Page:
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Unlocking 5G Potential: RK Squared CEO Mike Wajsgras Talks Growth Strategy & Tech Trends

As 5G continues to transform the wireless communications industry, RK Squared is at the forefront of not only implementing wireless networks but also helping organizations take a proactive approach to their connectivity.

Executive Mosaic sat down with RK Squared CEO Michael Wajsgras to learn more about the company and how it’s harnessing 5G and other technologies to deliver better network capabilities to its customers. 

Can you talk a bit about RK Squared? What are the company’s core capabilities and markets?

RK Squared is about a 5-year-old turnkey wireless integrator. The services that we provide include everything from network design to deployment and monitoring and maintenance. So we’re a full service turnkey integrator. The technologies that we focus on are 5G, private LTE, CBRS and public safety networks. We’re nationwide, so we’ve done projects across the continental United States and in Hawaii. 

There are a few of our verticals driving demand in this space. On the commercial side, it’s healthcare, hospitality and higher education. We’ve been able to get a lot of traction in those areas, primarily due to the demand for applications that utilize those wireless technologies. Everybody is moving more towards not just wifi enabled, but either cellular or private cellular enabled applications. We’ve seen a lot of success in those areas. 

Tell me about your growth strategy for RK Squared. Where are you seeing opportunities for expansion?

In the past, installing wireless networks or cellular wireless networks in building has been more of a break-fix approach. When people have trouble connecting in their building or their office, it’s usually more of a reactive approach. What we try to do is take a more proactive programmatic approach at the enterprise level. So instead of looking at individual projects or individual floors within a building, we work with our customers to develop a longer term game plan that helps them to understand what their needs are and to prioritize those needs. We work with the carriers and other third parties to assess the potential solutions, and then we work with the customer to implement the plan on a more programmatic basis. 

What we’ve found is that organizations are very receptive to this approach because there’s a lot of noise out there around how to address wireless connectivity. With the proliferation of 5G and all of the devices and applications that are associated with that, companies and organizations need help to address this. That’s where we come in. We’ve been successful in operating at the more senior level of the organizations to develop a strategy and then we work in the field to help implement that strategy across the enterprise.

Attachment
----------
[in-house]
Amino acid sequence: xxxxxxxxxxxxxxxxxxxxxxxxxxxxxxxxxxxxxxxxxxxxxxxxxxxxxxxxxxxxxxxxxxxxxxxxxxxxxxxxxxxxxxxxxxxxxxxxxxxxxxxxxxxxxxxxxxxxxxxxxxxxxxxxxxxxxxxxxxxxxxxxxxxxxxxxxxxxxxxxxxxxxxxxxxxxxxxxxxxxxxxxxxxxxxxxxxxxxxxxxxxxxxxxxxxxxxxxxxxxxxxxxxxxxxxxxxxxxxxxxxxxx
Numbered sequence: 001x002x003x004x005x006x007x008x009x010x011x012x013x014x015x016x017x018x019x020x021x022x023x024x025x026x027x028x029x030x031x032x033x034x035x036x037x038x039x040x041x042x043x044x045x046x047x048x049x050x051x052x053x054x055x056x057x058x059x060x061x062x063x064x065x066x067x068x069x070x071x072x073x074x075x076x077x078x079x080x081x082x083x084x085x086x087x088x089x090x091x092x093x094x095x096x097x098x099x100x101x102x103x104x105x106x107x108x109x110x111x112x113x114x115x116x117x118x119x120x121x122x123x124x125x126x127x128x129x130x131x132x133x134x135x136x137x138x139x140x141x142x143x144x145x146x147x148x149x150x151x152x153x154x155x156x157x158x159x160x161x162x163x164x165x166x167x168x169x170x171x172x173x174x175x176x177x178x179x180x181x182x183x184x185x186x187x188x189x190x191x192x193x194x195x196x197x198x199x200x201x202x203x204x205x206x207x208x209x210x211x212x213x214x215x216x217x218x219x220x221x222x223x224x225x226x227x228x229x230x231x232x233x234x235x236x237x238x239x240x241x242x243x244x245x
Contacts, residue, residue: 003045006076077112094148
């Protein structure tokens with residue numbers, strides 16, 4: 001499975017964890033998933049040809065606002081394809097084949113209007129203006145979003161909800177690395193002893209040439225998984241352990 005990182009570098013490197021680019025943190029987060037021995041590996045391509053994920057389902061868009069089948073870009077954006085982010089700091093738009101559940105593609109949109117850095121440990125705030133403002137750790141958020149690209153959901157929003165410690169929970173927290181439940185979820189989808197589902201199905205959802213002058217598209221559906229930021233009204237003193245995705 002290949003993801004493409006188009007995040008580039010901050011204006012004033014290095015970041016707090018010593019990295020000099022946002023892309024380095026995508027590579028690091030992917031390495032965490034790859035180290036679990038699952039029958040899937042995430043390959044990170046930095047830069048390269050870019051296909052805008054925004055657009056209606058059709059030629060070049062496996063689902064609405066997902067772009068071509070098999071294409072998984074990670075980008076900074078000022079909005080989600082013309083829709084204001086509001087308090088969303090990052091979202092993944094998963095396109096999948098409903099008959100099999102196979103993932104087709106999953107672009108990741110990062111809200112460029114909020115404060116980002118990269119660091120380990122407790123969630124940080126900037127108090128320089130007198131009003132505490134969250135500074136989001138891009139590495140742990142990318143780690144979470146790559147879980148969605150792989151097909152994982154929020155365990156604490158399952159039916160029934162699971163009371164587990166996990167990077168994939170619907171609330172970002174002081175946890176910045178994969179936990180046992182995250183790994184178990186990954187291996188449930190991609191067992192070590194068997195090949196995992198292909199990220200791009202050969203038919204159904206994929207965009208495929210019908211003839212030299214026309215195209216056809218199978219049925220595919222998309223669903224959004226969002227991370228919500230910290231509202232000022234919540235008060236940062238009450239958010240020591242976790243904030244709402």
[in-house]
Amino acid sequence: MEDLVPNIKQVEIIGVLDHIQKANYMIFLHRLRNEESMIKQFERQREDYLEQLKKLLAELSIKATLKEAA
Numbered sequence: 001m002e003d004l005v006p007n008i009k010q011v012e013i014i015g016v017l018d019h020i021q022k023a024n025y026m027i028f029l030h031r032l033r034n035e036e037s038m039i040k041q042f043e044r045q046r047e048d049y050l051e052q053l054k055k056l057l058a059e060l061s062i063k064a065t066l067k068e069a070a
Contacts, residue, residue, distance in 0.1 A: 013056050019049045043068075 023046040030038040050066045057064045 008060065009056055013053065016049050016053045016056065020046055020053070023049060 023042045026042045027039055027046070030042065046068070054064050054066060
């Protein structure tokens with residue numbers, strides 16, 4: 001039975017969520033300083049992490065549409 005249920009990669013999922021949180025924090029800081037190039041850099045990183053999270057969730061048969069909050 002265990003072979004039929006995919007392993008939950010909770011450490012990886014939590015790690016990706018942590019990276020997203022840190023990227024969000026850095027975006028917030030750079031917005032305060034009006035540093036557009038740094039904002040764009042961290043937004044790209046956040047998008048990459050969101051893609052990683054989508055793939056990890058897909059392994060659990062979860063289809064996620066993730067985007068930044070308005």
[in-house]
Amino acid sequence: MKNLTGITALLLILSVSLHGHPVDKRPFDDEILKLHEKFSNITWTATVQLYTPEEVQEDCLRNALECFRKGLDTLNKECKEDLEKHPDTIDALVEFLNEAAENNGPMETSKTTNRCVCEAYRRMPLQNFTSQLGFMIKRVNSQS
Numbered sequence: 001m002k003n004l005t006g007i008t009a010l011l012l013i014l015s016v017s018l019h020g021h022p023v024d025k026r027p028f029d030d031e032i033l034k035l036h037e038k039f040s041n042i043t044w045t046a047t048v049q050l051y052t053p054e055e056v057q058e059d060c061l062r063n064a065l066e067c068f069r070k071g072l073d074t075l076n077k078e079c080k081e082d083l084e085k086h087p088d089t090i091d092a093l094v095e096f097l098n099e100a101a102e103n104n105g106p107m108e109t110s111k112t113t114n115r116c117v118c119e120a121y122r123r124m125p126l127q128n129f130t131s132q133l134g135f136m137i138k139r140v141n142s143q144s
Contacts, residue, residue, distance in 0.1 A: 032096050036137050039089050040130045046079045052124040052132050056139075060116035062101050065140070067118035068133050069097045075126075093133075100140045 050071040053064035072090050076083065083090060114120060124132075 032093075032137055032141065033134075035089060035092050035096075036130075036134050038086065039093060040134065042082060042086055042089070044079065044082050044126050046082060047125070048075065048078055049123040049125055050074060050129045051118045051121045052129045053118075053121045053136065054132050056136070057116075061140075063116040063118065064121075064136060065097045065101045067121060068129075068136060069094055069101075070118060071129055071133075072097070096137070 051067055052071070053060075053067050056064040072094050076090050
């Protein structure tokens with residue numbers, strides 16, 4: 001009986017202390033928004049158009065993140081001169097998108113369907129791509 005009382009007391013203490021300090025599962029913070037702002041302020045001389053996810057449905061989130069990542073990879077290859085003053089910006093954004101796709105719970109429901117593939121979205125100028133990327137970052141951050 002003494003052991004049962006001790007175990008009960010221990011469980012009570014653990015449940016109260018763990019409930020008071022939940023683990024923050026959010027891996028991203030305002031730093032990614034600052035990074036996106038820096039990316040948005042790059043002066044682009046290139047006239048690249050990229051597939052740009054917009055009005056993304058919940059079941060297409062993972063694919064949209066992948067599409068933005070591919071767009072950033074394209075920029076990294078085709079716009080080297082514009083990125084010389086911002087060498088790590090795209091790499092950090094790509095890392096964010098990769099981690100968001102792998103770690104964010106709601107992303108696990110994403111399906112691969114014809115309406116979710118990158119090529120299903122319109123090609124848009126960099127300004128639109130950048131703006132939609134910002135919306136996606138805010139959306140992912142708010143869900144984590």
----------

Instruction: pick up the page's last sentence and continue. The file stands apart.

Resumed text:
As technology develops, what do you think is on the horizon for 5G/networks?

We’re only at the beginning stages of the potential that 5G offers us. The carriers have committed billions of dollars in terms of acquiring spectrum and building out the networks. We’re all utilizing 5G on our cell phones today, and it’s providing a better customer experience and user experience. What organizations are realizing now is that they can start to invest in applications and devices that will utilize this technology with a degree of certainty that the things will work for them, that they’ll be reliable and that they’ll improve their productivity and other aspects of their business that weren’t available to them previously. 

What advice do you have for GovCon companies or executives trying to capture the potential of 5G to drive efficiencies in their business?

First, planning is important. As I mentioned at the beginning, being reactive to connectivity issues is not the most efficient way to address the issue. So as organizations are going through their evaluation of applications that they need to run their business, it’s important to put together a coverage and capacity plan for the wireless services. We’ve unfortunately seen a lot of cases in which decisions are made where they put the cart before the horse, and when they go to deploy these things, they realize there are holes in their coverage to be able to support these applications. 

So the best thing I think organizations can do is plan ahead and then look at companies like RK Squared to help advise them, to develop a plan and to understand the ecosystem of things that have to come together in order to make sure it works well. So that includes working with the OEMs, working with the wireless carriers and working within their own internal constituencies to understand what problems they are trying to solve. We found that organizations that do that proactively tend to have better outcomes in the end than those who don’t. 

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